Last month, the man who’s tried to turn vote prediction into a science predicted a Trump win.
Allan J. Lichtman, distinguished professor of history at American University, said Democrats would not be able to hold on to the White House.
So plenty has changed. But one thing hasn’t: Lichtman, author of “Predicting the Next President: The Keys to the White House 2016,” is sticking with his prediction of a Trump victory.
If you aren’t familiar with his somewhat unique prediction system, here are the basics: The keys to the White House, he says, are a set of 13 true/false statements. If six of them are false, the incumbent party loses the presidency. His system has correctly predicted the winner of the popular vote in every U.S. presidential election since 1984. Our first interview went into the keys more in-depth, and in September he said the keys were settled enough to make an official prediction of a Democratic loss and a Trump win.
The keys basically assess the strength and performance of the party holding the White House. There are 13 keys. An answer of true on these true/false questions always favors the reelection of the party in power.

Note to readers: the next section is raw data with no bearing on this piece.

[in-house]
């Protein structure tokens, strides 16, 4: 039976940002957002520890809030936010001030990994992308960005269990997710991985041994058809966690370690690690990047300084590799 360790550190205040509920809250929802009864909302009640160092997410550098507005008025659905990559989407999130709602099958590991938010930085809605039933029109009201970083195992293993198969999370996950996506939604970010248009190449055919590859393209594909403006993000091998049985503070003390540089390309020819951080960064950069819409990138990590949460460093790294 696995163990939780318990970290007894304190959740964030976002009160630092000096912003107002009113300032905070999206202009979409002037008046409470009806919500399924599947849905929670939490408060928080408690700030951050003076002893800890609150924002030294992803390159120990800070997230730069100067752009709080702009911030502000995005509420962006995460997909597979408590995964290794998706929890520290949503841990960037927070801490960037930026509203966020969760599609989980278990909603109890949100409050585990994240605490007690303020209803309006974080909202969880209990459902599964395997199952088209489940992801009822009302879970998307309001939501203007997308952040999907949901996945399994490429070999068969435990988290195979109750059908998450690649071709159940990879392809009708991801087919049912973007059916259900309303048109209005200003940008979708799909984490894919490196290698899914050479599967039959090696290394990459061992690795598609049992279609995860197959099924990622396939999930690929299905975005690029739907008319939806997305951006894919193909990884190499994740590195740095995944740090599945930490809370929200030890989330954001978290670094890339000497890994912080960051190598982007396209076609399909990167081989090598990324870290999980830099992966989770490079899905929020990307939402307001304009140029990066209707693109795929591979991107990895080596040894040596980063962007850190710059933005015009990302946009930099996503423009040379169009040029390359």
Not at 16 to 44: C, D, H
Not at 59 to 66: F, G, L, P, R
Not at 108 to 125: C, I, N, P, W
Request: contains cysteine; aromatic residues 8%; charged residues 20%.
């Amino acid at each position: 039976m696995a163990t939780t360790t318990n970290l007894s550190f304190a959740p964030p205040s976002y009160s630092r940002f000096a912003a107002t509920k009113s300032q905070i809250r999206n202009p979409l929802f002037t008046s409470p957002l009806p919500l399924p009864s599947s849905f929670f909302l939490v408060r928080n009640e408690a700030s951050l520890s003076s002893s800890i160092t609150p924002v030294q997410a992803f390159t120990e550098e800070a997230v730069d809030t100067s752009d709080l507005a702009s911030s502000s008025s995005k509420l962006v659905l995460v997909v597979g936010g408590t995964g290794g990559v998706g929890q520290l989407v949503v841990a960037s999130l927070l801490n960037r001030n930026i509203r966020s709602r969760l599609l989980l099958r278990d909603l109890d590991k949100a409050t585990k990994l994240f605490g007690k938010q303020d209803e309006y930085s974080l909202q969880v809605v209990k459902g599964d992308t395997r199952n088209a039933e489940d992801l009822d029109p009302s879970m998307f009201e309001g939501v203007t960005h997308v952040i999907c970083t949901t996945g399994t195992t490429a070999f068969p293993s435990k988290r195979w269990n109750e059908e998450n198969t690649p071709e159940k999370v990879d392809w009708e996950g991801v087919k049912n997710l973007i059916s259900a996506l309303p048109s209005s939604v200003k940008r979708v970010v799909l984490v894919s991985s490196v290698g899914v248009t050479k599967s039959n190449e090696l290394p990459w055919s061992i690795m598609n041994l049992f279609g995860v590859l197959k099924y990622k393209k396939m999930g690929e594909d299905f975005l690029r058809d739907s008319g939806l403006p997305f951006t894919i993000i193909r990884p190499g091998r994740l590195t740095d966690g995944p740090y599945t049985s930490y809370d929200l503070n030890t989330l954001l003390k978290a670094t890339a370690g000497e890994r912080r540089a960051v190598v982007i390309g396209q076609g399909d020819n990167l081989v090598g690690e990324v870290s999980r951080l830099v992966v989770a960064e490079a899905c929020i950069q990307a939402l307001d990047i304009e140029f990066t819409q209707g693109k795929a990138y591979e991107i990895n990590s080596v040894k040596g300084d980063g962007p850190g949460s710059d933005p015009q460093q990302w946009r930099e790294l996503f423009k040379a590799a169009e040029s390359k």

And if six or more of the 13 keys are false, the party in power, the party holding the White House, is the predicted loser — any six or more.
Early on, the keys were inconclusive. That is, remember, six or more and the party in power is the predicted loser. And for some time, there were five keys out against the incumbent Democrats.
And since that time, as we discussed last time, that sixth key has turned against the Democrats, and that is the third party key, and that is based on an assessment that you would expect the third party candidate, in this case the Libertarian candidate, Gary Johnson, to get five percent or more of the vote. That’s a big sign of discontent with the party holding the White House. And so, again on the knife edge, you had exactly six fatal keys against the incumbent Democrats.